At 12 hours from the Peruvian capital Lima, Caravelí, in the Arequipan province of the same name, was lucky to survive and keep – thanks to its relative isolation – its splendid bodegas of wines and piscos. Other towns in the south weren’t so lucky and were pillaged and burnt to the ground by Chilean troops in the War of the Pacific. This year the town presented itself in the national pisco contest that took place in Lima and took first place for its exemplary pisco of black creole grape, called El Comendador.
Written by Álvaro Rocha Revilla
Caravelí feels disconnected to the rest of the world. And in a certain sense this is true. In the almost two hours it took to get up here from the coast, from the turn off at Atico, we haven’t crossed paths with a single house, tree, river… nothing. Stopping on a curve on this abandoned road to nowhere, there below we saw a small green smear floating on a vast barren desert. Not just any desert – its dunes of sand and its rocky expanses have tones of red and salmon. However in this very dry land, apparently completely infertile, is produced one of the best piscos of Peru.
If were turn our heads, just a little, away from the spectacular desert scenery, to the left we see the Sara Sara mountain. Here in 1996, thanks to global warming and the melting of its ice caps, the mountain revealed, in perfect condition, a preserved mummy from pre-Columbian times. Called Sarita, the mummy is now exhibited in the Museo de la Universidad de Santa María in Arequipa. We also see the peak of Solimana and the Coropuna, the later being the highest volcano in Peru at 6425m.a.s.l.
It’s surroundings, the barren desert, volcanic peaks and the flamenco-filled Parinacochas lagoon below Sara Sara give the forgotten town of Caravelí a special atmosphere.
Caravelí was the first part of Peru to be divided up and given out to Spanish conquerors. On the 3rd of July in 1532, Francisco Pizarro authorised the issuing of Caravelí to Cristóbal de Burgos. The introduction of the first grape plants didn’t take long. Evidence shows the first was planted in 1548 in the grounds of Álvarez de Carmona for the Jesuit monks. From then until the time of Peruvian independence – when the town was used by patriot Mariscal Miller as a base to hunt down royalist Ameller – the town survived commercially as an exporter of grape produce. When the town was levelled in republican times by an earthquake in 1868, the town’s industry provided it with the ability to slowly recover.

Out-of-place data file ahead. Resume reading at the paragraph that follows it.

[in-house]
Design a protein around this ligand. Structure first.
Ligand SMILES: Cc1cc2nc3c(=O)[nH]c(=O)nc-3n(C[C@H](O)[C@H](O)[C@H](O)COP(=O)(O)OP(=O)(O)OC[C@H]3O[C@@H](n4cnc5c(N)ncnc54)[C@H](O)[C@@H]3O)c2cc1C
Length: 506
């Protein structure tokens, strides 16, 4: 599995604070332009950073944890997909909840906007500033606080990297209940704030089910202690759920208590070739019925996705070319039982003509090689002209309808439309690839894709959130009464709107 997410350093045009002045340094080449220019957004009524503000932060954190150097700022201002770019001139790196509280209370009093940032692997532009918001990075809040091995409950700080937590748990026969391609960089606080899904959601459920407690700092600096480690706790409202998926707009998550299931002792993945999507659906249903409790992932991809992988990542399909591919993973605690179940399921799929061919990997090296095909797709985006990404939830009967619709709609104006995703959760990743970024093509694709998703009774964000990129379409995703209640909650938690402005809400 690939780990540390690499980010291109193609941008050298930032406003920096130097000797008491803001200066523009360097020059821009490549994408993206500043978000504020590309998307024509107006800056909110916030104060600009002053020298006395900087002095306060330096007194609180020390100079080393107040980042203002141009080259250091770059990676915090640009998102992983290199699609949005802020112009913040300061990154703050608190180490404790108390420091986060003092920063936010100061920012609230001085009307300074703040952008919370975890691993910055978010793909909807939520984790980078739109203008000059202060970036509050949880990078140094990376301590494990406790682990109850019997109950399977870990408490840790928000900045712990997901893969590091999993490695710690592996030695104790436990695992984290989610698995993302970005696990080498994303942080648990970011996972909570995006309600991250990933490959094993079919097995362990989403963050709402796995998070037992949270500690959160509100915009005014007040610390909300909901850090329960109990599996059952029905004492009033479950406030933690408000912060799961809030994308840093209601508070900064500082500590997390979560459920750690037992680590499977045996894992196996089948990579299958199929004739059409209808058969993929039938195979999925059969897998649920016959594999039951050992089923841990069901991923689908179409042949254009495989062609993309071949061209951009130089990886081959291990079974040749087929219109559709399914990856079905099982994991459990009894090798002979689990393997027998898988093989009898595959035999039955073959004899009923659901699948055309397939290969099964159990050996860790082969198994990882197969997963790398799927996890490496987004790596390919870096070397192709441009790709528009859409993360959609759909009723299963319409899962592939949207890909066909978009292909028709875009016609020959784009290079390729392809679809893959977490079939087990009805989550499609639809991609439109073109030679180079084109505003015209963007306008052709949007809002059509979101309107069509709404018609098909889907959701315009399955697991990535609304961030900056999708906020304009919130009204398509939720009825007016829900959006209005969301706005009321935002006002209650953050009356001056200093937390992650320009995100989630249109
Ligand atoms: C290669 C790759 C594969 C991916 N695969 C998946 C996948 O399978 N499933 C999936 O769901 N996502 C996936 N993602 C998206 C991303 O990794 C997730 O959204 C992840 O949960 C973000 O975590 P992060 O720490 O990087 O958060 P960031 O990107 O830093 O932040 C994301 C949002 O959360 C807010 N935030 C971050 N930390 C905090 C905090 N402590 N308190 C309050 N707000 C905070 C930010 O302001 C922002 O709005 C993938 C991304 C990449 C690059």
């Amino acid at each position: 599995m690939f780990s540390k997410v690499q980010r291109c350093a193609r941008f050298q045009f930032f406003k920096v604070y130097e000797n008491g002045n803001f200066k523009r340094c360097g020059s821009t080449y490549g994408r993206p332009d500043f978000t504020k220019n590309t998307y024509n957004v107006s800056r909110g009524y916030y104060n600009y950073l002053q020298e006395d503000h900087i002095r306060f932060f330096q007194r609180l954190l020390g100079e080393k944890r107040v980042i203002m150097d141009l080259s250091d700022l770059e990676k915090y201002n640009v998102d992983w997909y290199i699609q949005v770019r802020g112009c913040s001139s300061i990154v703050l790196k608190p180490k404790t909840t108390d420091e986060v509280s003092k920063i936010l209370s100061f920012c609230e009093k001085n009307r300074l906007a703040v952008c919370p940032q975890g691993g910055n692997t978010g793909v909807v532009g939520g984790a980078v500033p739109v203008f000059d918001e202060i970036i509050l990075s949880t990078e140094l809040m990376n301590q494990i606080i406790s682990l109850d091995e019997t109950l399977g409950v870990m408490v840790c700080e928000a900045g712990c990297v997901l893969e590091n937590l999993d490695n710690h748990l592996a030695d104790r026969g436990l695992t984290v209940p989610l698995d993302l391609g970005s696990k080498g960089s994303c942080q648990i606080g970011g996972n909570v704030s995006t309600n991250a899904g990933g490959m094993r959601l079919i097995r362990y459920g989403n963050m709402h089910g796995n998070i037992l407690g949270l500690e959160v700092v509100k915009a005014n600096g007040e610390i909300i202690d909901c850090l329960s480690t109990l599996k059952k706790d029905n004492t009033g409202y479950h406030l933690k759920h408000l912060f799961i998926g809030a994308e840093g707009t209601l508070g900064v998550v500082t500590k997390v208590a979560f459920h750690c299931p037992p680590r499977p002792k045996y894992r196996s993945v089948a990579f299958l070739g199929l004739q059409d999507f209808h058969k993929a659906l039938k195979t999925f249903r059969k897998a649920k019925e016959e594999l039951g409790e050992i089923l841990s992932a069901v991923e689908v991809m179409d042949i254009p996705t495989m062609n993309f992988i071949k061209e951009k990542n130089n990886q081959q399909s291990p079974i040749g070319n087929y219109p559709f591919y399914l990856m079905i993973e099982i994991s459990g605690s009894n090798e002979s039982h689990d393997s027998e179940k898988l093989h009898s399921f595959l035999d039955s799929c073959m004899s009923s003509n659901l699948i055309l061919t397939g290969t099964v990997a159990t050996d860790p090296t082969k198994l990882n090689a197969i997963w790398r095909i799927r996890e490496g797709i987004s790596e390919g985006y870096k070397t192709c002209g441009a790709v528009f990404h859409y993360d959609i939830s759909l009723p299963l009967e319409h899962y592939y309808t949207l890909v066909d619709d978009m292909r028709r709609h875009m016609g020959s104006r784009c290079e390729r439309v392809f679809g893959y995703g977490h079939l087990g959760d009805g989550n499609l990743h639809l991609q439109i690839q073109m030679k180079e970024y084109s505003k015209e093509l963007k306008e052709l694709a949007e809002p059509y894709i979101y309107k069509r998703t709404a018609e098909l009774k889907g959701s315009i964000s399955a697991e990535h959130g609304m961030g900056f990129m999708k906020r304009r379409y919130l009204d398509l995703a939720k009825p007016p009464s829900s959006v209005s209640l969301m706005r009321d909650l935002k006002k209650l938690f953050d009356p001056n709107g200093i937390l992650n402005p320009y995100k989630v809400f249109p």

“Abundant tinajas (clay pots for fermentation), with bullet holes, are a testimony to the barbarisms lived during the war with Chile. Among the geopolitical objectives of Chile was to end the wine and pisco industry in Peru to aid the start their own, and to this end their armies destroyed machinery and shot at fermentation jars”, explains historian Luciano Revoredo, adding, “the pisco, as we have mentioned, is a denomination of Peruvian origin. No one else can use this name, only those territories around the Pisco area”.
Fortunately, Caravelí did not suffer heavy damage in the war. Its industry survived and the Chileans did not pillage and burn the town down, nor massacre its population, as happened elsewhere.
El Cholo Berrocal
The day we arrived, the caravelians were beaming with pride for the official presentation of The Comendador pisco, winner in the competition held days before in Lima. The men wore the finest hats and the women also dressed elegantly. The Peruvian flag was being raised high into the ever-blue sky of Caravelí and a band played the national anthem.